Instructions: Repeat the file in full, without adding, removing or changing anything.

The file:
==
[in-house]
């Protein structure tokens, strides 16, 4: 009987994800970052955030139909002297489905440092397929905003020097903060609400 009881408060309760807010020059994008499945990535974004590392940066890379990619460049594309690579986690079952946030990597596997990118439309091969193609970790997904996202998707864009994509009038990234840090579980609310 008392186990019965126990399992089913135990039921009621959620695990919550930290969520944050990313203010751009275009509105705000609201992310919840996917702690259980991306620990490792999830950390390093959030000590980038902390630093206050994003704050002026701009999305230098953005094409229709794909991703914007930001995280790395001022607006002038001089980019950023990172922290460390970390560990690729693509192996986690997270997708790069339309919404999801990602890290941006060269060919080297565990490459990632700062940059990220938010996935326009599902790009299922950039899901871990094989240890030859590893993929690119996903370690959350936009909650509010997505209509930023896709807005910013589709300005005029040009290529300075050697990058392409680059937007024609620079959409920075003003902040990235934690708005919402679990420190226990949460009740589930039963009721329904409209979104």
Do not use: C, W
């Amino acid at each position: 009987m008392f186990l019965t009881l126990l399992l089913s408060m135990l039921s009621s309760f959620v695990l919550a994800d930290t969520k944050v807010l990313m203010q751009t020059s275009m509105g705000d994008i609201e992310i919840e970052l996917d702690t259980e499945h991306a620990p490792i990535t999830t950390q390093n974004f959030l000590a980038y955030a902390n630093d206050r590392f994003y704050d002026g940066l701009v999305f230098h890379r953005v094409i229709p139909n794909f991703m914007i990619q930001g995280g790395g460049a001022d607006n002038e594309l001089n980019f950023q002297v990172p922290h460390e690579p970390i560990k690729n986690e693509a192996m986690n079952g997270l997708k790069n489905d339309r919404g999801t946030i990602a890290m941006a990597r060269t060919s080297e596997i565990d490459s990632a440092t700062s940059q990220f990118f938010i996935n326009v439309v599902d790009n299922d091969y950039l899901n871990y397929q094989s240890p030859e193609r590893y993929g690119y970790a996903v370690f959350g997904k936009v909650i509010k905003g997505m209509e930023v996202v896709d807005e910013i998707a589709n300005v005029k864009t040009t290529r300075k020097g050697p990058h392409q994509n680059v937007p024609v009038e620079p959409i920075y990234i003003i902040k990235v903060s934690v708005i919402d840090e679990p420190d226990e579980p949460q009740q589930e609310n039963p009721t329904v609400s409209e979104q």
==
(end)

[in-house]
């Protein structure tokens, strides 16, 4: 009987994800970052955030139909002297489905440092397929905003020097903060609400 009881408060309760807010020059994008499945990535974004590392940066890379990619460049594309690579986690079952946030990597596997990118439309091969193609970790997904996202998707864009994509009038990234840090579980609310 008392186990019965126990399992089913135990039921009621959620695990919550930290969520944050990313203010751009275009509105705000609201992310919840996917702690259980991306620990490792999830950390390093959030000590980038902390630093206050994003704050002026701009999305230098953005094409229709794909991703914007930001995280790395001022607006002038001089980019950023990172922290460390970390560990690729693509192996986690997270997708790069339309919404999801990602890290941006060269060919080297565990490459990632700062940059990220938010996935326009599902790009299922950039899901871990094989240890030859590893993929690119996903370690959350936009909650509010997505209509930023896709807005910013589709300005005029040009290529300075050697990058392409680059937007024609620079959409920075003003902040990235934690708005919402679990420190226990949460009740589930039963009721329904409209979104």
Do not use: C, W
């Amino acid at each position: 009987m008392f186990l019965t009881l126990l399992l089913s408060m135990l039921s009621s309760f959620v695990l919550a994800d930290t969520k944050v807010l990313m203010q751009t020059s275009m509105g705000d994008i609201e992310i919840e970052l996917d702690t259980e499945h991306a620990p490792i990535t999830t950390q390093n974004f959030l000590a980038y955030a902390n630093d206050r590392f994003y704050d002026g940066l701009v999305f230098h890379r953005v094409i229709p139909n794909f991703m914007i990619q930001g995280g790395g460049a001022d607006n002038e594309l001089n980019f950023q002297v990172p922290h460390e690579p970390i560990k690729n986690e693509a192996m986690n079952g997270l997708k790069n489905d339309r919404g999801t946030i990602a890290m941006a990597r060269t060919s080297e596997i565990d490459s990632a440092t700062s940059q990220f990118f938010i996935n326009v439309v599902d790009n299922d091969y950039l899901n871990y397929q094989s240890p030859e193609r590893y993929g690119y970790a996903v370690f959350g997904k936009v909650i509010k905003g997505m209509e930023v996202v896709d807005e910013i998707a589709n300005v005029k864009t040009t290529r300075k020097g050697p990058h392409q994509n680059v937007p024609v009038e620079p959409i920075y990234i003003i902040k990235v903060s934690v708005i919402d840090e679990p420190d226990e579980p949460q009740q589930e609310n039963p009721t329904v609400s409209e979104q």